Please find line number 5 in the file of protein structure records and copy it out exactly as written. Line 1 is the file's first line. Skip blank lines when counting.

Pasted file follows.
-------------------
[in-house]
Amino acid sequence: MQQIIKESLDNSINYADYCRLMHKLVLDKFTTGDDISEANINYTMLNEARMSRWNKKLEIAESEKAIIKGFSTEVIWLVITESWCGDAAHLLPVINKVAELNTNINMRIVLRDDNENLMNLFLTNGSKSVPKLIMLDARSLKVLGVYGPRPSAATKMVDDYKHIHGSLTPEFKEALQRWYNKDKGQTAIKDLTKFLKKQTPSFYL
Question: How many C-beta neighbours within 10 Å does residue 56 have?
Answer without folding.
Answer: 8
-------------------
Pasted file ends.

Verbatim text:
Answer: 8